Industries and Urban Form: categorizing businesses by proximity and speed

With the growth of form-based and performance-based zoning, specific land use restrictions are beginning to fall to the wayside, and this is becoming especially relevant for urban industrial areas. As technology continues to improve and existing performance standards are met or bettered, it seems increasingly less relevant to plan for a specific industrial use. The problem with existing land use categorizations is that they are turning stale at exponential rates. While New York City still has a land use category for coal storage yards, it does not have a category for rice slurry extrusion.

This is not an image of speed in China. Photo from Bert van Dijk’s flickr stream

Which brings up the following question: as planners and urban designers, how are we supposed to not only predict advancements in industrial technology, but also be able to correctly project where these advanced industrial businesses should be located?

Perhaps we no longer need industrial land use descriptions. Rather, we could organize industries based on their need for proximity and transportation speeds? Like planning for Accessibility Zones?

One of the articles in the latest Journal of the American Planning Association (JAPA) got me thinking about this, and how the density of interactions is related to the urban form. The study, Does Accessibility Require Density or Speed: A Comparison of Fast Versus Close in Getting Where You Want to Go in U.S. Metropolitan Regions (Spring 2012 v78, n2), looked at the definition of transportation accessibility through speed and density metrics (the article can be found at various libraries or downloaded here).

The study’s goal was to develop a process which compares accessibility measures across multiple metropolitan areas. Their methodology utilized the gravity model which accounts for both the transportation network and the surrounding land use conditions. Study areas are then ranked based on an accessibility index: the greater the score, the greater the advantage a person has in reaching a destination. A high score on the index is a result of a person either having many destinations nearby, or being capable of reaching distant destinations quickly, or a combination of both measures of proximity and speed.  The resulting study not only developed an accessibility index, but also measured the advantages certain cities have over one another in terms of speed or proximity.

So this got me thinking: couldn’t this also be done with an industry or an entire economic sector? Would it be possible to determine a sector’s required speed and proximity needs, and then compare them to a city’s accessibility index? Perhaps it could help explain one of the reasons certain sectors locate in certain cities, or even in certain neighborhoods within cities, and why certain cities and regions have industry advantages. Perhaps this could help determine the best geographical locations for sectors or, where there are already clusters, what accessibility improvements would be needed to help them thrive.


Do you know of any studies similar to this? If not, are you interested in working on something like this?

Note: Transportation policy is generally grounded in two major schools of thought: mobility and, to a lesser-extent, accessibility. Mobility tends to focus on increasing vehicle operating speed, often resulting in policies whose main purpose is to reduce traffic congestion. Accessibility on the other hand, sees transportation as a means to an end. Accessibility sees the point of travel as getting someone to their destination, and will look at land use patterns to increase proximity and connectivity.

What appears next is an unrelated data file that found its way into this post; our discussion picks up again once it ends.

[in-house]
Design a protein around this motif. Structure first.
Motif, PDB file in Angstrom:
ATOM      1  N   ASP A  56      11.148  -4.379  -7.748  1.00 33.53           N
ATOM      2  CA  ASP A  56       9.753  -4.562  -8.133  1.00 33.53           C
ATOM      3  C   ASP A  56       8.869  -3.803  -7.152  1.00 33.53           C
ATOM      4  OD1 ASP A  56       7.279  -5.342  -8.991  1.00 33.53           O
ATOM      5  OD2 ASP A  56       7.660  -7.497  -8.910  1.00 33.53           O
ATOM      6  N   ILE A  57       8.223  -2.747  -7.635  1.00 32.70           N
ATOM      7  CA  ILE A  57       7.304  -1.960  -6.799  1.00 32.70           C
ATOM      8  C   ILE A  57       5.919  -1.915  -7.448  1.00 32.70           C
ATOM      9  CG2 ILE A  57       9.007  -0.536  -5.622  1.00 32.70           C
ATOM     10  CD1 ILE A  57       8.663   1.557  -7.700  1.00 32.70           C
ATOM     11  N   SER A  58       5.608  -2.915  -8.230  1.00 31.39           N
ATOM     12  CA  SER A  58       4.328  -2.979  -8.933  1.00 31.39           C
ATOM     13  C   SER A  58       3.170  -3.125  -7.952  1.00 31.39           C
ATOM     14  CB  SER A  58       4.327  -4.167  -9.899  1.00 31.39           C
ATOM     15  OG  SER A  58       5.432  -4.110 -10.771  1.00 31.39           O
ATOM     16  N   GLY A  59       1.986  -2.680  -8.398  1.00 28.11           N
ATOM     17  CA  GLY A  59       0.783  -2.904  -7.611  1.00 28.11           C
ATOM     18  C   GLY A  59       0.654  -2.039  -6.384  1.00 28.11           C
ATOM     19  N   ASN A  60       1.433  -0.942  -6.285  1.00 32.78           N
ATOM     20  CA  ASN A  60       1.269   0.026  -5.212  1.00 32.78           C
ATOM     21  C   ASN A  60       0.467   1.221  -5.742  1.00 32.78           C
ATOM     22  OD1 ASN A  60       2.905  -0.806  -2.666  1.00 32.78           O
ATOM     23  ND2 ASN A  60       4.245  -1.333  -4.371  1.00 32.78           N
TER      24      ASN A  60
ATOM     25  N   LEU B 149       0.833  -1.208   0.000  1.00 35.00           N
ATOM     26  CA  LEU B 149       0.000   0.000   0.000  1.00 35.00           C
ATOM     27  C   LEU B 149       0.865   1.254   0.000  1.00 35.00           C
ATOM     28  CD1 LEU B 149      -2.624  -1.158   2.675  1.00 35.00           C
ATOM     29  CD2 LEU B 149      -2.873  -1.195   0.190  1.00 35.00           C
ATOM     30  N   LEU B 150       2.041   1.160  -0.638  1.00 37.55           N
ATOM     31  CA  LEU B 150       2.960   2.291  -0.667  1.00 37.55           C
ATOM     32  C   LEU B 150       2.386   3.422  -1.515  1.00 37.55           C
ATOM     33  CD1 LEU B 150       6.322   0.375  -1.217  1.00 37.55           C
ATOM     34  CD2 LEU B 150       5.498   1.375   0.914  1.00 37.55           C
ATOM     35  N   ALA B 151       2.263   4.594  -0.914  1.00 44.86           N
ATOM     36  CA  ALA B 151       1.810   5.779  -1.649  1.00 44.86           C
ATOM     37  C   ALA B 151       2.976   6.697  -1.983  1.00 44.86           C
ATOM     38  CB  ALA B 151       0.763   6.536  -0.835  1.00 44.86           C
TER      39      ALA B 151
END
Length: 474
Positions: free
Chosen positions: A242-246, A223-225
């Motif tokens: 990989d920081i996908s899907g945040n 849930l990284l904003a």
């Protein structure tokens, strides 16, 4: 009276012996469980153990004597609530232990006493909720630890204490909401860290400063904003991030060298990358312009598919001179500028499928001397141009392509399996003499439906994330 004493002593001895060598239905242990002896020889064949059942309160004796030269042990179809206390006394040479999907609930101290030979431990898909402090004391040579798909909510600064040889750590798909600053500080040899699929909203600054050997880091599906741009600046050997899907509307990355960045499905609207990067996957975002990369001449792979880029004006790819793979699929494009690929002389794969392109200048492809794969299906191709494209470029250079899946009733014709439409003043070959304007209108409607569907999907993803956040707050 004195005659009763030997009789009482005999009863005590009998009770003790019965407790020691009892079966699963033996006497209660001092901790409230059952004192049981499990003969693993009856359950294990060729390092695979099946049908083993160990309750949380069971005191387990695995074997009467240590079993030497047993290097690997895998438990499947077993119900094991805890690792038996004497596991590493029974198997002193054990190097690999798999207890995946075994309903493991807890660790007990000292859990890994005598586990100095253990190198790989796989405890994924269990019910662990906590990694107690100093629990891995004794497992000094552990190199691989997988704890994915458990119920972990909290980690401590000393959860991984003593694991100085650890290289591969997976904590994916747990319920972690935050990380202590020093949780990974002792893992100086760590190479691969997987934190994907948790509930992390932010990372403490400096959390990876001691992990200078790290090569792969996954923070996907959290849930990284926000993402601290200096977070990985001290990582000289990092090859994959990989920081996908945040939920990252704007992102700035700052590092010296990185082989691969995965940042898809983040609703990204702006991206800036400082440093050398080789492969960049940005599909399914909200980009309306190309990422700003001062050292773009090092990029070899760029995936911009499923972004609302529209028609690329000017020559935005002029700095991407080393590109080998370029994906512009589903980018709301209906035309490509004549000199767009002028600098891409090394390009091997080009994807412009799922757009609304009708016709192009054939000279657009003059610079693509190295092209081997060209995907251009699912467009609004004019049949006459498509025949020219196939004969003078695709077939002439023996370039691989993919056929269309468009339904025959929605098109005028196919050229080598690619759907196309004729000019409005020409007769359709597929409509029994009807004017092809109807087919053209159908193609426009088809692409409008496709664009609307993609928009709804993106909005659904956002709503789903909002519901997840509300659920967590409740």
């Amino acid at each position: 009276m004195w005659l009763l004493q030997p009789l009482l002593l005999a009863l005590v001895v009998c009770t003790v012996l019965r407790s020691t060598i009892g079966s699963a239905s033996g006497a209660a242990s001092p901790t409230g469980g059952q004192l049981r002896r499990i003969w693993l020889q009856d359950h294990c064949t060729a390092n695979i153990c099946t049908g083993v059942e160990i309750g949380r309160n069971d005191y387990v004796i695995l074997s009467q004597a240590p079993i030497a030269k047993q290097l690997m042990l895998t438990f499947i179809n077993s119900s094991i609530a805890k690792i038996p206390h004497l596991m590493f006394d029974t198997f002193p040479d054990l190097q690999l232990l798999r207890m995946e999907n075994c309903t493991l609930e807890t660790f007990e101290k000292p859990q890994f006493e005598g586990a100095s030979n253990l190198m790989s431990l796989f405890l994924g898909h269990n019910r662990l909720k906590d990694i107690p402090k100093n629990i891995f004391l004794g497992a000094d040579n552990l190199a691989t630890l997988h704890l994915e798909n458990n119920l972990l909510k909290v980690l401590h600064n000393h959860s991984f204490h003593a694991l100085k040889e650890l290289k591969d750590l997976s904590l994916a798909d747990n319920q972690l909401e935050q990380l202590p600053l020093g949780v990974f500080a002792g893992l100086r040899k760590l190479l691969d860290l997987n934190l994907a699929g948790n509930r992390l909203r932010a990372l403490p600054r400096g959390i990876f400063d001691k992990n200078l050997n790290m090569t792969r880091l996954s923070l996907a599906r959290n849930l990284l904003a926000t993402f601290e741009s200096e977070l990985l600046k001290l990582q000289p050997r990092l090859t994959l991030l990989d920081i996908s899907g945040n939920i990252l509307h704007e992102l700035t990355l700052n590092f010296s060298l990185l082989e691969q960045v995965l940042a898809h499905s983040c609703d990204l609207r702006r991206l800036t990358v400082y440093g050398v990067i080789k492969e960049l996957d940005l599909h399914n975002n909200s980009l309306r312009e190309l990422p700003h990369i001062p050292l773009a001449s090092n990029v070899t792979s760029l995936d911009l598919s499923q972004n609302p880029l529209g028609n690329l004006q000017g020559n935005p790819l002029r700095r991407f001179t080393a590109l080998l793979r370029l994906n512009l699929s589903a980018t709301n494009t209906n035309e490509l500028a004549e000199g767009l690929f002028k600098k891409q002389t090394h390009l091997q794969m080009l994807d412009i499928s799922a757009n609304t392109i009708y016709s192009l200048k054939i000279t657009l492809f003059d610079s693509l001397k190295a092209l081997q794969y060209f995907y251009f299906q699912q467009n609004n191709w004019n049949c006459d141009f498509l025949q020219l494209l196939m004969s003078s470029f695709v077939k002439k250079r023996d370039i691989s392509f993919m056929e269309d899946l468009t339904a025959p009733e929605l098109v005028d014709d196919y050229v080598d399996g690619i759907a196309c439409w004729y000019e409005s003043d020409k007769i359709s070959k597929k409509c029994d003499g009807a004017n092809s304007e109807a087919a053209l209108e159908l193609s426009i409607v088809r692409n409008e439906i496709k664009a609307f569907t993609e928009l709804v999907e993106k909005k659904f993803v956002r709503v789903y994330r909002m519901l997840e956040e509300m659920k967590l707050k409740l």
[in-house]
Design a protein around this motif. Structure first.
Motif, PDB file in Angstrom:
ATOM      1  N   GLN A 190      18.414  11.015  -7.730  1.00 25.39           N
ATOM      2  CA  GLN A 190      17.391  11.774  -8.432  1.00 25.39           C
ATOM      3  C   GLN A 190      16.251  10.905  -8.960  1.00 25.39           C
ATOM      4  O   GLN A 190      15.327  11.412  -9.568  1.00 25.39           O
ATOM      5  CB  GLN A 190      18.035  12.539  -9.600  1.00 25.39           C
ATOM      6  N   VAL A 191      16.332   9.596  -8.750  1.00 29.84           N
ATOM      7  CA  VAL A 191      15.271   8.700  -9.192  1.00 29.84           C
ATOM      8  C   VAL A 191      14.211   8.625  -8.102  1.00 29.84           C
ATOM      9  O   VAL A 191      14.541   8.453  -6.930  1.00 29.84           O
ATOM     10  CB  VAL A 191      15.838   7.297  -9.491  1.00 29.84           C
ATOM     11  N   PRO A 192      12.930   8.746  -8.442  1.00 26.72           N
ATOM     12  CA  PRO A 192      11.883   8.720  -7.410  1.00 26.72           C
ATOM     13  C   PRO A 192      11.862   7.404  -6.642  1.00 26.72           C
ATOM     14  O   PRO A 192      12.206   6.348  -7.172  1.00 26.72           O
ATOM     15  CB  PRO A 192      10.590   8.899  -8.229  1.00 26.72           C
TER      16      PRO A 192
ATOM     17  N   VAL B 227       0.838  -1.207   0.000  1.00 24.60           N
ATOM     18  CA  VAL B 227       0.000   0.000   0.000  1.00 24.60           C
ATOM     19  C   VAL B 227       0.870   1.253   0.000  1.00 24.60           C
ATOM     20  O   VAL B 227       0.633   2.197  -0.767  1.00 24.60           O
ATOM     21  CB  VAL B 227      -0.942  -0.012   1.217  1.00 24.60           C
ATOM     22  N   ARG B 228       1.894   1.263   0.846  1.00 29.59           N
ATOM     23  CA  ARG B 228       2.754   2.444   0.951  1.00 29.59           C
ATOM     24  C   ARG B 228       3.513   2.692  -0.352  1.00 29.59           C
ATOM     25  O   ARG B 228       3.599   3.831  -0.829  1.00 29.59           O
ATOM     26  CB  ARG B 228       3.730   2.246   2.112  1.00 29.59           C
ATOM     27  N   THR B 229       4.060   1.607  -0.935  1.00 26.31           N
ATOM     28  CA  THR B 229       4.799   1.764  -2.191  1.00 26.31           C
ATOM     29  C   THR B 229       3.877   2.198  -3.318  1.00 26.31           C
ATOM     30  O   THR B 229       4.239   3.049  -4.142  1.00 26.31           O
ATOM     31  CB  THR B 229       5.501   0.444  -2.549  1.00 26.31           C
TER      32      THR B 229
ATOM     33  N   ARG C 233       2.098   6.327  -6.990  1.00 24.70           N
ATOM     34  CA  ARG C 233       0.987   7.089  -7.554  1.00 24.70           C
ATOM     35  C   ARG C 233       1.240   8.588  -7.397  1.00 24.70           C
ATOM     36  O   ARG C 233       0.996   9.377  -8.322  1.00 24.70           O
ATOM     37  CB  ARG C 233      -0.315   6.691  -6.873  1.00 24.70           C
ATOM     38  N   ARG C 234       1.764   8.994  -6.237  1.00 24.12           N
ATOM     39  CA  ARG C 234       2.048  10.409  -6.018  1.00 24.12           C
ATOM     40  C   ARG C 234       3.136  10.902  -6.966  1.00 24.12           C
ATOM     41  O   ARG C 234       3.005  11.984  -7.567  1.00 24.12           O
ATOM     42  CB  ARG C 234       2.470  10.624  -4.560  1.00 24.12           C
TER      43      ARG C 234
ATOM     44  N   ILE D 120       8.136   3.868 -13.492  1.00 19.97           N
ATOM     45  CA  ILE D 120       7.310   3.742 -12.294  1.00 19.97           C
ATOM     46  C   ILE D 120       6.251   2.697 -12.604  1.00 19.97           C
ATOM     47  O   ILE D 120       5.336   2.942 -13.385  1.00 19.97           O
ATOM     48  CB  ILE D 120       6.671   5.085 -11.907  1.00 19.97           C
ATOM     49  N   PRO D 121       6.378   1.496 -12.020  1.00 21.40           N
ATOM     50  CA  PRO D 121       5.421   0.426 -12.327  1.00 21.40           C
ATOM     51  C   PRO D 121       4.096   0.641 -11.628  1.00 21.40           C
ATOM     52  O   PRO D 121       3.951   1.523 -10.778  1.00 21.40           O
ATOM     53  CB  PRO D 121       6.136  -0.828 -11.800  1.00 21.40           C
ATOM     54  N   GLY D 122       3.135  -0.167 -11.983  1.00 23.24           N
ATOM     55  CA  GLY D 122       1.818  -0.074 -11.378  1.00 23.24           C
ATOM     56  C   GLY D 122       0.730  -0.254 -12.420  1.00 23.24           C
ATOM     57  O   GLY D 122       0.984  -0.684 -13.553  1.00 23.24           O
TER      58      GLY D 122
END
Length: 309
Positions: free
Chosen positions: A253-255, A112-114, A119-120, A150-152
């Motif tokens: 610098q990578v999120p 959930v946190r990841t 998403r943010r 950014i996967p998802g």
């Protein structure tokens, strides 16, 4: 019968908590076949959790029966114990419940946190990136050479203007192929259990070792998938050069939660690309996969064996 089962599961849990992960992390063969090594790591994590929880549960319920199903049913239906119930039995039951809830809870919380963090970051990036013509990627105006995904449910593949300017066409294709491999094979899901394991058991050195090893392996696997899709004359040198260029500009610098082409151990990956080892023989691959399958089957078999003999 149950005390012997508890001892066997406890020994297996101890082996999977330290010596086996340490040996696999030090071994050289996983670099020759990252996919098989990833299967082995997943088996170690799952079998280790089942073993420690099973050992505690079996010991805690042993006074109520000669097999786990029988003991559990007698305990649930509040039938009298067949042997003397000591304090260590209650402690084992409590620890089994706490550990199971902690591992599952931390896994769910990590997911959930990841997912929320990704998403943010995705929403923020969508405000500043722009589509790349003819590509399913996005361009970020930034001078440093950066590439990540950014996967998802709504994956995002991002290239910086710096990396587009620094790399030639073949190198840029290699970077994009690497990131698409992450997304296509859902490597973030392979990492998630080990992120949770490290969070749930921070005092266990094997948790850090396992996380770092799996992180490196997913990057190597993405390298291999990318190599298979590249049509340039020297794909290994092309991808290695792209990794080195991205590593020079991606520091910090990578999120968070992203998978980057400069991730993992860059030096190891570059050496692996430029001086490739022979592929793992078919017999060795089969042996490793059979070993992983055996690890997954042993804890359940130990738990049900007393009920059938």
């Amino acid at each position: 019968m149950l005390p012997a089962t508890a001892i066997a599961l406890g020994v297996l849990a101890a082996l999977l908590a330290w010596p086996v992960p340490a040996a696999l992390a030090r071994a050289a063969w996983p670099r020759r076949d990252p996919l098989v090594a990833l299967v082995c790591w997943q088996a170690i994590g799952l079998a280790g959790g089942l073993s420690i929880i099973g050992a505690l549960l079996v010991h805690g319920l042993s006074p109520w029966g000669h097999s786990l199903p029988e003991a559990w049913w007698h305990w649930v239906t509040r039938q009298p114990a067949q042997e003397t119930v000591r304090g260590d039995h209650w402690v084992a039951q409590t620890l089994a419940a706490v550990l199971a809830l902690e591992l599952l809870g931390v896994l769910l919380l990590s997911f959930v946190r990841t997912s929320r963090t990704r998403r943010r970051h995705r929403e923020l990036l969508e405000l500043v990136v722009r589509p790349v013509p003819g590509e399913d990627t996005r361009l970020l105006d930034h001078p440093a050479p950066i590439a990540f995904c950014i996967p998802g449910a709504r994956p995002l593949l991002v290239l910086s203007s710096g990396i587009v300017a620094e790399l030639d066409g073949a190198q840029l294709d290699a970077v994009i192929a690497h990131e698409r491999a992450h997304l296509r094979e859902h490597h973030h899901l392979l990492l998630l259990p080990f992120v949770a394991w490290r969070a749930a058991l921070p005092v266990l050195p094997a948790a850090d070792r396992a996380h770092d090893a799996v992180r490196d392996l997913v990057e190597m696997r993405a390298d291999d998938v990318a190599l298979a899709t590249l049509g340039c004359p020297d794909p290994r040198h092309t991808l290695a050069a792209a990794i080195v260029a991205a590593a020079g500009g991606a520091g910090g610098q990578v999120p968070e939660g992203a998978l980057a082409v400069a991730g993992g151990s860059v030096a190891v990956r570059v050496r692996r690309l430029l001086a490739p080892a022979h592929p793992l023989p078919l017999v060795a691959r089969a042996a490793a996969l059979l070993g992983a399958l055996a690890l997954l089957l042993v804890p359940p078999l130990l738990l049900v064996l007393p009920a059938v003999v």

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  1. So, you want to build a new civilization? 50 DIY tools to help you build your perfect [insert place/thing here] | PlaNYourCity - September 24, 2012

    […] Unfortunately, New York City land use regulations are somewhat outdated and many of the new materials needed or produced by these digital fabrication tools are not recognized. Production and industrial activities have changed greatly since the 1960’s and will most likely continue to evolve exponentially, forcing land use planners to adapt and envision a future with extreme specificity. For example, New York City has no use group for extruded, slip-cast, and molded rice slurry production (a potential rapid fabrication material), yet we have a use group for open coal storage. Even if we added all the materials we know of today to our zoning resolution’s list of allowable use groups, the list would probably be out of date by the time of their adoption and publication. And this does not even consider the role of Performance Standards in measuring and regulating urban production. For another option in planning for industry, check out this previous blog entry on proximity vs. speed. […]


  2. Grammar of Habitat: Muir Webs & Urban Planning | PlaNYourCity - December 7, 2012

    […] the real question is, if we can develop a Muir Web and a reference ecosystem, do we have the tools to encourage the implementation on the ground? How do we account for anthropogenic change and agency, especially if a reference ecosystem is only […]


  3. It’s not you, it’s me: a breakup letter to Brookings | PlaNYourCity - August 21, 2013

    […] I have to admit, I am usually an enthusiast of Brookings’ work. I gobble up their research and infographics tirelessly as I like to think of myself as a closeted academic who just don’t read good. For some examples, just check out my posts on John Muir and Economic Ecosystems or about how we could be evolving our industrial zones into Accessibility Districts.  […]


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